One example for companies would be those managers who think that employees are lazy, lack responsibility, and need constant supervision (or what is called Theory X in management).

Advertising

Then, those managers implement systems that reflect that kind of culture– no flexible work hours, strict rules about logging work, no remote work, etc.

Your thoughts, however, may be different. You might believe that people want responsibility, that they are capable of self-direction, that they can make good decisions, and that managers don’t need to stand on their necks if they want something done (this is called Theory Y in management).

Then, you would want to have flexible working hours, different ways of measuring your productivity (for example, not time on the job but work produced), and remote work, if possible for your profession.

This is when you enter into a conflict with the external collective quadrant. Here, you have four options: leave, persevere, neglect, and voice.

Leave

You can simply leave the company/organization/community/country and go to a different place. Most people decide to do this.

Persevere

This is when you see that the situation isn’t good, but you decide to stick at it and wait for the perfect time (or position) where you can implement change.

Neglect

This is where you give up on the change you want to see and just go with the flow, doing the minimal work necessary to keep the status quo.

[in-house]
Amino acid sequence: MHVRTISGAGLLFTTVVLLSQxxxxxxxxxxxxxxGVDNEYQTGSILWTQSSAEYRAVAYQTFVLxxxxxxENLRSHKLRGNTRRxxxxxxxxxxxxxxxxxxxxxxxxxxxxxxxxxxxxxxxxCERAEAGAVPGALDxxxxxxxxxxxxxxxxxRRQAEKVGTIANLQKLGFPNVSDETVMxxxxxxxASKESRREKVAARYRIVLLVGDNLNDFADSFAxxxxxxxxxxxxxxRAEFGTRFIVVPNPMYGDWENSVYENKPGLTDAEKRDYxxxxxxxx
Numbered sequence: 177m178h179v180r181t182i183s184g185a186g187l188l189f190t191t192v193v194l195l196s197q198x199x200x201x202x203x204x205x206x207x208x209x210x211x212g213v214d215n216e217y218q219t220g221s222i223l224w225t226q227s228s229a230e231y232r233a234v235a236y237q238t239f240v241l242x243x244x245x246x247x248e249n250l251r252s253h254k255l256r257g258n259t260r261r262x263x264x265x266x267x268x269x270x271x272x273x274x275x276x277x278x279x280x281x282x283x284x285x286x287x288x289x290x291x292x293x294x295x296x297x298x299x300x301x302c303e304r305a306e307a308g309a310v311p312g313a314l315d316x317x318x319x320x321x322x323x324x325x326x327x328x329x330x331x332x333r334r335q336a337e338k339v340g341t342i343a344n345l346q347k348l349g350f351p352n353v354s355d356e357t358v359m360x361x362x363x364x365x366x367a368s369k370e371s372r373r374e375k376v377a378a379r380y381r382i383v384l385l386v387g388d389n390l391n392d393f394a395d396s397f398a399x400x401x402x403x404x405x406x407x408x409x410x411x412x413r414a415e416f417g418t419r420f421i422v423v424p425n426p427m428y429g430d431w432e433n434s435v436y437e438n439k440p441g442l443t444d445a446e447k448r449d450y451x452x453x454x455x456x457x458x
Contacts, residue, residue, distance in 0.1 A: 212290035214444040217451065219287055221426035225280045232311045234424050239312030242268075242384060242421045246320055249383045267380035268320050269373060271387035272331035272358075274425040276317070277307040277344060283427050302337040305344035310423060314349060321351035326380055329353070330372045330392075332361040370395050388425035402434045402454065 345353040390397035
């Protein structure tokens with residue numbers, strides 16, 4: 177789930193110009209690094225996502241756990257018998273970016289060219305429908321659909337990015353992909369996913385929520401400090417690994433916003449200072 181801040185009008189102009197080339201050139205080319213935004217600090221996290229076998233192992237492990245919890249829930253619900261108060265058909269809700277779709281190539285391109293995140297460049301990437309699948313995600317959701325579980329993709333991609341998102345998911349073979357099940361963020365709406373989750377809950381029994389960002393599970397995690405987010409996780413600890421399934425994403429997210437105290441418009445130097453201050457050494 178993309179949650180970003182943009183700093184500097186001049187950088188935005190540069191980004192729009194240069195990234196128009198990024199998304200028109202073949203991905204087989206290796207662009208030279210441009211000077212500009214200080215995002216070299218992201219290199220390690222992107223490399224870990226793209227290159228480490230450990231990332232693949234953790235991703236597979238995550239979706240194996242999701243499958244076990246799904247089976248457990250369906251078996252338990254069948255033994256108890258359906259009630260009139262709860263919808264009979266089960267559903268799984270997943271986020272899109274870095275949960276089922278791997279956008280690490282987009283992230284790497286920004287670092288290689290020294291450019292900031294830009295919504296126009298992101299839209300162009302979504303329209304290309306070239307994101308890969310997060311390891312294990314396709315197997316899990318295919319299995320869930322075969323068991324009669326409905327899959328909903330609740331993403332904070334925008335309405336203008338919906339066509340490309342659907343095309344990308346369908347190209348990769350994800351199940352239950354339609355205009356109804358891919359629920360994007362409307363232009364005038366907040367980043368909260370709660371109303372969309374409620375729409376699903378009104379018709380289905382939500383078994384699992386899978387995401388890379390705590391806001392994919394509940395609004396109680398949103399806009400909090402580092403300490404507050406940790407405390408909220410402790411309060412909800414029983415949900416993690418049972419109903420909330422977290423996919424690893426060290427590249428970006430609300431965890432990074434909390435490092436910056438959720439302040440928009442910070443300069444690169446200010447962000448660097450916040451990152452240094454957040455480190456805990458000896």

These are the people who are disengaged at work and are doing just the bare minimum necessary (which, in the U.S. is around 65% of the workforce).

I did this only once, and it’s probably the only thing I regret doing in my life.

Voice

This is where you actively work on changing the situation, and the people in charge know that you want to create a change.

It doesn’t matter if it’s your company, community, or your country; you are actively calling for a change and will not stop until it’s implemented.

Putting It All Together

When you take it all into account, change is simple, in theory, but it isn’t easy to execute. It takes work in all four quadrants:

  1. Internal individual — mindset
  2. External individual — behavior
  3. Internal collective — culture/support system
  4. External collective — laws, rules, regulations, teams, systems, states

Some will require more work, some less, but you will need to create a change in all four of them.

But don’t let that discourage you because change is possible, and many people have done this. The best time to start changing was yesterday, but the second best time is today.

Advertising

Featured photo credit: Djim Loic via unsplash.com

Reference

Read Next